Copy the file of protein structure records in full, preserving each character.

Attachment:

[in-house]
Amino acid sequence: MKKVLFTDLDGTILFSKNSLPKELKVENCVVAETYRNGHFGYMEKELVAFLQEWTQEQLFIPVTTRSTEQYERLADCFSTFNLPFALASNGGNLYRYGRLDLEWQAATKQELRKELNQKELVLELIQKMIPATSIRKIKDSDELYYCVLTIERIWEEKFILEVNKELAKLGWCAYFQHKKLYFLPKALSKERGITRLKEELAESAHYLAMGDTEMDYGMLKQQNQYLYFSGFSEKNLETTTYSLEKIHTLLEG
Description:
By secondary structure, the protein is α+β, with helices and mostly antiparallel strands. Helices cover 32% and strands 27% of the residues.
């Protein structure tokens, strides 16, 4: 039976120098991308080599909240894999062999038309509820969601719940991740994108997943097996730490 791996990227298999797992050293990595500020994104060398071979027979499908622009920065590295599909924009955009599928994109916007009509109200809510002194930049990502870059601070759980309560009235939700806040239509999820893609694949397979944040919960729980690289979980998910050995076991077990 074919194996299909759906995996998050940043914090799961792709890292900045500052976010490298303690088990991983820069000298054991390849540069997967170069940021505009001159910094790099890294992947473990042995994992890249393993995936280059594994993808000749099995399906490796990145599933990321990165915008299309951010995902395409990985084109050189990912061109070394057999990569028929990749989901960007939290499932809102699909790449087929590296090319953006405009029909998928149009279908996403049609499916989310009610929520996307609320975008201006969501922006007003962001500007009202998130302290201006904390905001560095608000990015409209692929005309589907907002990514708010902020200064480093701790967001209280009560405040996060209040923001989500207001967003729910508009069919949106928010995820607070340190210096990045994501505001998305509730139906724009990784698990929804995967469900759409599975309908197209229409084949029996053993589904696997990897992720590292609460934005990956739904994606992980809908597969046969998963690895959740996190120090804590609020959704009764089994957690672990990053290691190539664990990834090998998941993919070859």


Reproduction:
[in-house]
Amino acid sequence: MKKVLFTDLDGTILFSKNSLPKELKVENCVVAETYRNGHFGYMEKELVAFLQEWTQEQLFIPVTTRSTEQYERLADCFSTFNLPFALASNGGNLYRYGRLDLEWQAATKQELRKELNQKELVLELIQKMIPATSIRKIKDSDELYYCVLTIERIWEEKFILEVNKELAKLGWCAYFQHKKLYFLPKALSKERGITRLKEELAESAHYLAMGDTEMDYGMLKQQNQYLYFSGFSEKNLETTTYSLEKIHTLLEG
Description:
By secondary structure, the protein is α+β, with helices and mostly antiparallel strands. Helices cover 32% and strands 27% of the residues.
């Protein structure tokens, strides 16, 4: 039976120098991308080599909240894999062999038309509820969601719940991740994108997943097996730490 791996990227298999797992050293990595500020994104060398071979027979499908622009920065590295599909924009955009599928994109916007009509109200809510002194930049990502870059601070759980309560009235939700806040239509999820893609694949397979944040919960729980690289979980998910050995076991077990 074919194996299909759906995996998050940043914090799961792709890292900045500052976010490298303690088990991983820069000298054991390849540069997967170069940021505009001159910094790099890294992947473990042995994992890249393993995936280059594994993808000749099995399906490796990145599933990321990165915008299309951010995902395409990985084109050189990912061109070394057999990569028929990749989901960007939290499932809102699909790449087929590296090319953006405009029909998928149009279908996403049609499916989310009610929520996307609320975008201006969501922006007003962001500007009202998130302290201006904390905001560095608000990015409209692929005309589907907002990514708010902020200064480093701790967001209280009560405040996060209040923001989500207001967003729910508009069919949106928010995820607070340190210096990045994501505001998305509730139906724009990784698990929804995967469900759409599975309908197209229409084949029996053993589904696997990897992720590292609460934005990956739904994606992980809908597969046969998963690895959740996190120090804590609020959704009764089994957690672990990053290691190539664990990834090998998941993919070859």